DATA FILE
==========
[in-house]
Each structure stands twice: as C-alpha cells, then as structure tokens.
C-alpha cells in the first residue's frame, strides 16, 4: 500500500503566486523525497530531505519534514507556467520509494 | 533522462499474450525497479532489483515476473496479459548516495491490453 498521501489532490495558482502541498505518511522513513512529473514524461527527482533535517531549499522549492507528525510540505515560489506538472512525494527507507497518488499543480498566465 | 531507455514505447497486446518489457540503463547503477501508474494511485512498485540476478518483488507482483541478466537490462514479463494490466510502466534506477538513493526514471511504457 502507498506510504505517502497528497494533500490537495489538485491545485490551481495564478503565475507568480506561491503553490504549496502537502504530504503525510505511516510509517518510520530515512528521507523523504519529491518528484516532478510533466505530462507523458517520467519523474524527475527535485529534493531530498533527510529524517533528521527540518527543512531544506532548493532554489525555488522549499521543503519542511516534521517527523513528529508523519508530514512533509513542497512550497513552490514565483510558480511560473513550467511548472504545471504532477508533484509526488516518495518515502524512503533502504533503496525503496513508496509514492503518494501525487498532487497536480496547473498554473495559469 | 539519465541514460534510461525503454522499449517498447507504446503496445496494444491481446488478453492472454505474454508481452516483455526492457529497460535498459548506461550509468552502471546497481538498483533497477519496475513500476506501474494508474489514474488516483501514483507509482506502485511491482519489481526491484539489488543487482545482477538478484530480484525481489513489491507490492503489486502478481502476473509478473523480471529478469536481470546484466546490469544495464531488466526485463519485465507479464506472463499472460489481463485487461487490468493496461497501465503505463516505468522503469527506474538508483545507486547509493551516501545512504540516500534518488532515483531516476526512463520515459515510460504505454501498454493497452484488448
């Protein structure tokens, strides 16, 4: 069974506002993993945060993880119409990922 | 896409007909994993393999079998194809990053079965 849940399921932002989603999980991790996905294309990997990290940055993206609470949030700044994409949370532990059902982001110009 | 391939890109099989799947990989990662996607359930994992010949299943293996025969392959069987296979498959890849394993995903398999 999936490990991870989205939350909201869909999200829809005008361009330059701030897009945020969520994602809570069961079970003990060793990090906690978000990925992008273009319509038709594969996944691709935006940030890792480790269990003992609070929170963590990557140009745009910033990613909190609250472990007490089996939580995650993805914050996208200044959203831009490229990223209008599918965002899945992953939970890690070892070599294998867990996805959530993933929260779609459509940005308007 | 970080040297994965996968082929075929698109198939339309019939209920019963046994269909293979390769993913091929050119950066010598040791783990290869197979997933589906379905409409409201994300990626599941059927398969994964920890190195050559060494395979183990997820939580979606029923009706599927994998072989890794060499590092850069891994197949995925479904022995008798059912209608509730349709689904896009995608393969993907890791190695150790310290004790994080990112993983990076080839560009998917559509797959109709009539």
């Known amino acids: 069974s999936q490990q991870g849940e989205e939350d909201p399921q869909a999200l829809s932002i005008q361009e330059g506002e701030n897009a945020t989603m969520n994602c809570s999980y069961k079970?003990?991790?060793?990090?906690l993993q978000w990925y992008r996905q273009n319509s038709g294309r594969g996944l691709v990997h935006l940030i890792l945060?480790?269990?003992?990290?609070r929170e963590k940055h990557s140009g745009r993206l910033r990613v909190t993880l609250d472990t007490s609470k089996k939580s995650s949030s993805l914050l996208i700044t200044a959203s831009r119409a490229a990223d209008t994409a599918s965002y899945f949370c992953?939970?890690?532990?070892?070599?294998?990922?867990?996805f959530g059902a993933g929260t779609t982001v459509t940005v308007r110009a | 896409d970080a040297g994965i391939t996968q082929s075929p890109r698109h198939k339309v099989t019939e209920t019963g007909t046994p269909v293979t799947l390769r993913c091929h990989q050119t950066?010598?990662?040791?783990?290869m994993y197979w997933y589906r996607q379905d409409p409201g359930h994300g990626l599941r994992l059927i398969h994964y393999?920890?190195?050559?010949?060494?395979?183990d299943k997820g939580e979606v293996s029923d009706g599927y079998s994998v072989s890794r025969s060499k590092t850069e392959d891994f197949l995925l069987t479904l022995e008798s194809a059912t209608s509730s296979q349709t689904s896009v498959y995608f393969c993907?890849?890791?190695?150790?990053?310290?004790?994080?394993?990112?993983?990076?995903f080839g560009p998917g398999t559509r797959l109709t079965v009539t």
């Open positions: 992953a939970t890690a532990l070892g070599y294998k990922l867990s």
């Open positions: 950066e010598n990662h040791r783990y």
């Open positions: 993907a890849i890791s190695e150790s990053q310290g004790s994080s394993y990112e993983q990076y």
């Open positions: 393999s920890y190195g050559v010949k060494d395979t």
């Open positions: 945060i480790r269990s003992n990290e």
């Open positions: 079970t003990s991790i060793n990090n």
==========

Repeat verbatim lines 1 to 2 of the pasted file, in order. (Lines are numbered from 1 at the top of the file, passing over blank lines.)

[in-house]
Each structure stands twice: as C-alpha cells, then as structure tokens.